Popularly Known As
In India the months and years are counted on the basis of lunar or solar movements. According to the solar system the month is counted from 'Samkranti' to 'Samkranti' and in lunar system it is counted from 'Purnima' (Full-moon) to 'Purnima'. Visuva Samkranti is the first day of the month of 'Baisakh' as well as the solar year. This is also called "Mahavisuva Sankranti" or "Jala Visuva Samkranti" In northern India it is called "Jala Samkranti", in southern India "Sakkar Pongal" and in Orissa it is known as "Pana Samkranti", named after 'Pana', the main drink offering specially prepared on this occasion.
Legend Behind Visuva Samkranti
There are specific reasons as to why the Visuva Samkranti is considered as the first day of the solar year. It is only on two occasions i.e. "Mesha Samkranti" and "Tula Samkranti" that the Sun fully rests on the equator and on these two dates the length of days and nights remain equal.
After Mesha Samkranti the Sun moves in the northern direction to our side as our country is situated to the north of the equator. It is, therefore, from this day of first movement of the Sun from Mesha Samkranti that the New Year is counted. All over the country this day is considered auspicious and is celebrated with social, cultural and religious performances.
In 'Bhabisya Purana', this festival has been mentioned as Jala Samkranti. According to tradition when 'Bhishma', the grandfather of 'Kurus' or 'Kauravas' and the 'Pandavas' lay on the bed of arrows ('Shara Sajya') he felt thirsty and there was no water nearby in the ravaged battle-field of 'Kurukshetra'. Then 'Arjuna' with his powerful bow thrusted an arrow deep into the ground and water immediately shooted out in a stream to quench the thirst of the dying warrior.
Out of contentment and compassion Bhishma conferred to 'Yudhisthira', "Those people who would offer cold water to thirsty people on this day would not only be free from all sins, but also the departed souls of their ancestors as well as the Gods in heaven would be pleased." This saying of the holy scripture is observed with great reverence and people all over the country offer sweet-water to thirsty people as a religious rite.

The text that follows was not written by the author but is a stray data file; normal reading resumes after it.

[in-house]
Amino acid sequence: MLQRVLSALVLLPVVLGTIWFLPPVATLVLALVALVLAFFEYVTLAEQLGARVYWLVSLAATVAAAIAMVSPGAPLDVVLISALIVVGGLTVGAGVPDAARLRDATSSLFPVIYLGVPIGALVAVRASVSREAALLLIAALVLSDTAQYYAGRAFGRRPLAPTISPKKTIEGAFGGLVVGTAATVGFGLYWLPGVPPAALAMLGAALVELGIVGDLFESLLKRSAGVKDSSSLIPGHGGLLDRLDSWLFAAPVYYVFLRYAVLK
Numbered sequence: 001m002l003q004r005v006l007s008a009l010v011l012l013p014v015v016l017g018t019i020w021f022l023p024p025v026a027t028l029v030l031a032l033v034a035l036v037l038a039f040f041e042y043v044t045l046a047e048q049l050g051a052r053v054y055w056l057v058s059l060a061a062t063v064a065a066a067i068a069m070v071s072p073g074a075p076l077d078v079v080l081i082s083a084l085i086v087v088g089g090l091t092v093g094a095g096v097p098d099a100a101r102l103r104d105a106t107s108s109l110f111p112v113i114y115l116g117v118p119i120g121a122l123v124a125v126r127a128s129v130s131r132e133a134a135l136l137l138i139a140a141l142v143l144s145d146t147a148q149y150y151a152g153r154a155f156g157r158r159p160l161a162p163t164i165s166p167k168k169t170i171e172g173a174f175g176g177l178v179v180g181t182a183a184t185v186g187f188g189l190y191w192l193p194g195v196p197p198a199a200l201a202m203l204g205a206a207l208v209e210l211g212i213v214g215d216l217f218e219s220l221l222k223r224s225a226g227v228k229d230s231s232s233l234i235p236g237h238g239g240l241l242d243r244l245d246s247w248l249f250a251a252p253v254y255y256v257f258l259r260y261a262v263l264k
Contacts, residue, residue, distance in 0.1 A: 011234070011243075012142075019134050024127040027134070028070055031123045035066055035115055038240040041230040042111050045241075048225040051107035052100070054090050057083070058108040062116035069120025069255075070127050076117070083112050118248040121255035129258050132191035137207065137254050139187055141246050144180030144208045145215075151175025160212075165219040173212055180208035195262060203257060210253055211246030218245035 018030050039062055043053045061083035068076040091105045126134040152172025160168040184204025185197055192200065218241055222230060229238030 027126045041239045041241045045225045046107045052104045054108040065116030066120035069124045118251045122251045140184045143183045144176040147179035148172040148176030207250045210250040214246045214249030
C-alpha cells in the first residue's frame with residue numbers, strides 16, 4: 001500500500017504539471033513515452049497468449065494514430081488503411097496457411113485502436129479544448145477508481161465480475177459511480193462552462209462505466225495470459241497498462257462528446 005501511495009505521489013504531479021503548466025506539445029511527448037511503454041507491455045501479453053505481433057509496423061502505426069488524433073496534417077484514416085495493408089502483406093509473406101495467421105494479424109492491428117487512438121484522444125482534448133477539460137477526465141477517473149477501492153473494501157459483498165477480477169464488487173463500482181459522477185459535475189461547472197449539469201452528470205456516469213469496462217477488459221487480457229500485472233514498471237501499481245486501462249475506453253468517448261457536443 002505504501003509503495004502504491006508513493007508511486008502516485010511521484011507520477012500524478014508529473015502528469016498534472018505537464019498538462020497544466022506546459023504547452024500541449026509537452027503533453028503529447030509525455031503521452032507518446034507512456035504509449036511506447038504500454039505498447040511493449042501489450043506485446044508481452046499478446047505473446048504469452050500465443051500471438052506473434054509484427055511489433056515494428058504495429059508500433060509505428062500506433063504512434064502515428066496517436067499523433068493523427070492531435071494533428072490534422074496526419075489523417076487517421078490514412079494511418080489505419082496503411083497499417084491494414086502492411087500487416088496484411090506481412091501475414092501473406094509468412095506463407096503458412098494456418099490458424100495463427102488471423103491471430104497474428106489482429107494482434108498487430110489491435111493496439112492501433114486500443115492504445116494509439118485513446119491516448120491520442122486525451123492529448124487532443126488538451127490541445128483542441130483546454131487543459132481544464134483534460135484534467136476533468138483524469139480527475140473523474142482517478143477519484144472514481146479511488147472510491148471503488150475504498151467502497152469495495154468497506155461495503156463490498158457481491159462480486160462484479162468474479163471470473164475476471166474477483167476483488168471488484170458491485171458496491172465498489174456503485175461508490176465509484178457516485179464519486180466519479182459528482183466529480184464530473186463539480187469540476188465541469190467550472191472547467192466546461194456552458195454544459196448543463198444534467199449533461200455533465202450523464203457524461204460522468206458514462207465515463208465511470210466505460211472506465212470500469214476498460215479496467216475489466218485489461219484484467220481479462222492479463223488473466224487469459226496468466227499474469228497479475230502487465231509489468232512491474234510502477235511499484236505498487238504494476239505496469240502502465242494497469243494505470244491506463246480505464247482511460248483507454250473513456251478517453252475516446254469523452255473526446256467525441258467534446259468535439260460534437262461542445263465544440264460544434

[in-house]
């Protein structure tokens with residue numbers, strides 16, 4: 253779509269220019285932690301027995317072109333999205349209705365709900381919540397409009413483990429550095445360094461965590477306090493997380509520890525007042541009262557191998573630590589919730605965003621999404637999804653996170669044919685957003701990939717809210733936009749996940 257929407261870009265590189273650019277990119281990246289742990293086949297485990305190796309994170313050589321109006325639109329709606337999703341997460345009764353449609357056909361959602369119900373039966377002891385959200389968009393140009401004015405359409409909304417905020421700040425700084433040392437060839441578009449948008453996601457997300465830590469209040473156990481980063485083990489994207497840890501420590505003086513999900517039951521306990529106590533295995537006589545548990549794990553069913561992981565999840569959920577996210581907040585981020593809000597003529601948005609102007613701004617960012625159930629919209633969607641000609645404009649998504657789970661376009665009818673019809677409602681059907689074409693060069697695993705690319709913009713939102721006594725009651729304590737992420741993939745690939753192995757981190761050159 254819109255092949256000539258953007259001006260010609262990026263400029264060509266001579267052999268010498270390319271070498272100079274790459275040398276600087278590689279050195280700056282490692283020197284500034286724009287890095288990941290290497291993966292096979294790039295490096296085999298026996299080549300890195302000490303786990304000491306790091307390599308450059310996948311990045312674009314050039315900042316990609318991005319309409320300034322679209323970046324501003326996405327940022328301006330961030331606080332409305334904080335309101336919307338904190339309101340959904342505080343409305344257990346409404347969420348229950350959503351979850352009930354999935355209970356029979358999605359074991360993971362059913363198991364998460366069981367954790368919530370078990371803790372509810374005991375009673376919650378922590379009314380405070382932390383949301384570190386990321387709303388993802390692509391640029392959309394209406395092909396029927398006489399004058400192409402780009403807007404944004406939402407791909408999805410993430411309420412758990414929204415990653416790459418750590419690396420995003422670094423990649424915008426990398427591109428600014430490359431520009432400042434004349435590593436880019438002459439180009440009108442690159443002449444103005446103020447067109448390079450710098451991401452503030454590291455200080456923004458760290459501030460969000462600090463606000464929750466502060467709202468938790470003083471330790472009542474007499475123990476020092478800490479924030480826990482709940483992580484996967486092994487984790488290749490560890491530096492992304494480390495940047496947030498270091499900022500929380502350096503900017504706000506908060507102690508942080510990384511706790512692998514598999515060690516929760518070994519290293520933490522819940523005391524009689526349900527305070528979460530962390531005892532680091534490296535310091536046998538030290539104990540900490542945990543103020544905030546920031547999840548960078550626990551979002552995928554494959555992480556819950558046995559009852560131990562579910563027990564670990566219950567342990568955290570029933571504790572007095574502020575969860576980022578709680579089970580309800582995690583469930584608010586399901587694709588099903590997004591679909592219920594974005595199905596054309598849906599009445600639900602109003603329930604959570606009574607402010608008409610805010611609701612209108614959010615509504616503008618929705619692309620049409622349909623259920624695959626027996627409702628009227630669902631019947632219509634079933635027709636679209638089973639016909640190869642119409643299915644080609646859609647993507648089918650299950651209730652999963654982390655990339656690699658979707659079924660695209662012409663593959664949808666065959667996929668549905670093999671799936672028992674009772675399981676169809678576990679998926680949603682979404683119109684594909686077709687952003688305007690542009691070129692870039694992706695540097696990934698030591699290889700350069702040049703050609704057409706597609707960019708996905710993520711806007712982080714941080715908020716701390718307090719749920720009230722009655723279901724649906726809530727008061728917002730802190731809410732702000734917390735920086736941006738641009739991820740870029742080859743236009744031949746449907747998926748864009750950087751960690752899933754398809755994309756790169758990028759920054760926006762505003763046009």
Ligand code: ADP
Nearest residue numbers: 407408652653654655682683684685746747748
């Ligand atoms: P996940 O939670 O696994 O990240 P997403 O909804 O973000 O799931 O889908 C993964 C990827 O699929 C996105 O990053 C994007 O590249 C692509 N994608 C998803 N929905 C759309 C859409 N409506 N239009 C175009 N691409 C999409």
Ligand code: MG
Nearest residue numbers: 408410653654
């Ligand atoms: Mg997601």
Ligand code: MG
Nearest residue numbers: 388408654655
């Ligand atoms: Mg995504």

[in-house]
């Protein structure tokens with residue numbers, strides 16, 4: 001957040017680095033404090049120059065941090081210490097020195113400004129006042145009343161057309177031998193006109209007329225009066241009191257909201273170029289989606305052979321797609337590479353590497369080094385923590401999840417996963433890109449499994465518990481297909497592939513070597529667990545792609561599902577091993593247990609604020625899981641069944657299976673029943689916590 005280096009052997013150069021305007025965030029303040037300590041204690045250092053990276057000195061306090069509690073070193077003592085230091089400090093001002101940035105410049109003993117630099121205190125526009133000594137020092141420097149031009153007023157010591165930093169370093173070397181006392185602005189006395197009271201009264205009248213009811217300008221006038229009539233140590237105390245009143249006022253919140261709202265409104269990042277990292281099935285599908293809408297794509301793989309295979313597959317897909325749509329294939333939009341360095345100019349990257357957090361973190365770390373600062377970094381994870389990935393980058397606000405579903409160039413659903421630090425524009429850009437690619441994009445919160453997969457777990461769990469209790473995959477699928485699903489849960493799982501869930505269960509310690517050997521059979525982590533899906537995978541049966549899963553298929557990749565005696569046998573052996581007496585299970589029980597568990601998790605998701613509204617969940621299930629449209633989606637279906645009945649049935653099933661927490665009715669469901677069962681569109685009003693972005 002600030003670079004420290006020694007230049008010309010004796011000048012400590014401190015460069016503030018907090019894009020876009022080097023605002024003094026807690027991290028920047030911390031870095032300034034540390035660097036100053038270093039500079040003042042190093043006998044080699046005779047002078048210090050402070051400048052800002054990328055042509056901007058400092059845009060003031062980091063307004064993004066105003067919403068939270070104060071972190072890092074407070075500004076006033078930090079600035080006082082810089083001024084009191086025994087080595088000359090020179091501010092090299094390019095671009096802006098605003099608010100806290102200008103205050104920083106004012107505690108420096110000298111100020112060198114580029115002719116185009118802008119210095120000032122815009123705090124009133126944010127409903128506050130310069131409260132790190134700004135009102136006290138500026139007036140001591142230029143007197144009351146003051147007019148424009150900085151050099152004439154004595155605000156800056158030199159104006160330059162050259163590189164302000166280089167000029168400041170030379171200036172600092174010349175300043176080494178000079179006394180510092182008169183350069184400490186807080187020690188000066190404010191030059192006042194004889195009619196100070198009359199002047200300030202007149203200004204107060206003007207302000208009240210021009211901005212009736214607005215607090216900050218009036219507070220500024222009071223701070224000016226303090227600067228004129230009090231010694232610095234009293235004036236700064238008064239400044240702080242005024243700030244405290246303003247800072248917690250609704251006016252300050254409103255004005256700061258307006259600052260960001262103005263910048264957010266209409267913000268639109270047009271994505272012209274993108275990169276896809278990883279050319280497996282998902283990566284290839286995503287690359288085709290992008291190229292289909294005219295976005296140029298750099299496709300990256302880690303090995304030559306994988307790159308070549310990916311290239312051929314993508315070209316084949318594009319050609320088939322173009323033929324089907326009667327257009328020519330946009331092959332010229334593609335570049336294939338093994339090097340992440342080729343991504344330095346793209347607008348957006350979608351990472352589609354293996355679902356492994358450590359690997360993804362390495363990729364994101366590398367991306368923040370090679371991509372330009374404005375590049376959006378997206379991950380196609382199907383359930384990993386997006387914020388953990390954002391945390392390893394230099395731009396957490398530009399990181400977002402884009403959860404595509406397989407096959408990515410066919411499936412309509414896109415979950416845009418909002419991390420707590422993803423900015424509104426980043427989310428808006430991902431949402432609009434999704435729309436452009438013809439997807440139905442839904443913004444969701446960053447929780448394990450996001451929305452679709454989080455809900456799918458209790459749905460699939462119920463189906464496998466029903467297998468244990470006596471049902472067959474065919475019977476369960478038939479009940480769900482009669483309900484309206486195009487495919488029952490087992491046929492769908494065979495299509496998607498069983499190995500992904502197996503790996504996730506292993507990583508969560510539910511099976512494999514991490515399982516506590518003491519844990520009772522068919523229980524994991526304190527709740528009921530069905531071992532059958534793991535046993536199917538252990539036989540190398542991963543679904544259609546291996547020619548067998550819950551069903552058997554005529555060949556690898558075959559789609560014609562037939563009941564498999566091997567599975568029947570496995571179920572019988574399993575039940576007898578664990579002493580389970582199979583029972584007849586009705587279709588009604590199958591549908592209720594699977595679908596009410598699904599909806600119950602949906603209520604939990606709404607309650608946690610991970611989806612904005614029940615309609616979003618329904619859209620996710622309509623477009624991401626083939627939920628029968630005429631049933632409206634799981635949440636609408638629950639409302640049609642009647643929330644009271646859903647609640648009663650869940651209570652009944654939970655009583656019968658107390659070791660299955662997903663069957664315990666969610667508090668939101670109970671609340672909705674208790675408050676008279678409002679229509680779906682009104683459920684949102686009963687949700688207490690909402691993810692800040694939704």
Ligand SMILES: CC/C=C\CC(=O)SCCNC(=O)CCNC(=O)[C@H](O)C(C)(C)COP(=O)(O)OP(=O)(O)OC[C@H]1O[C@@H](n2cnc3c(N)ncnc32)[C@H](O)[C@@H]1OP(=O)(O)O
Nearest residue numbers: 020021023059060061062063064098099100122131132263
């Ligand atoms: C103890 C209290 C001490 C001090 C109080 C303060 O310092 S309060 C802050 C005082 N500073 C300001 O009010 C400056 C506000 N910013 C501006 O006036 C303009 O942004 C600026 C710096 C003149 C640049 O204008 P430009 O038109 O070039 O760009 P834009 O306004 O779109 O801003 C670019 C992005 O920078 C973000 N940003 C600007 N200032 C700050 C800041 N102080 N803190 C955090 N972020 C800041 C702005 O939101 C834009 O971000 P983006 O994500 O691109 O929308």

In Orissa, this festival is observed with great sanctity in various forms. On this day 'Chhatu' (grinded corn powder), 'Pana' (sweet water), umbrellas, fans (made out of palm-leaves or bamboo-strips) and 'Paduka' (wooden slippers) are offered to Brahmins and the poor people. All these are the remedies for the scorching Sun.
Water as the vital source of life becomes more symbolical in another ritual of the festival. Above the 'Tulasi' plant-, which is a must in every Hindu household of Orissa, a shed is prepared with branches of green leaves and painted pitcher of smaller size filled with water is suspended with a rope hanger. Beneath it a small piece of straw is fixed to a hole in the pitcher through which water is drained drop by drop on the Tulasi plant. This is called 'Basudhara' (the stream of the earth). Here, Tulasi plant symbolises the human life and it is to be saved from the scorching sun by resting in the shed and taking enough water.
Important Places of Observance
This festival is observed widely in some form or other in the coastal areas and in some towns and villages of other areas a rigorous ritualistic observance is observed. Deeply connected with the mass religious culture of Orissa, a number of other festivals otherwise known as "Jhamu Yatra", "Hingula Yatra" or "Patua Yatra", "Danda Yatra", "Uda Yatra" etc., which originated as ritualistic observances of "Chaitra Parva" culminate in the Visuba Samkranti and make a grand finale of the whole celebration.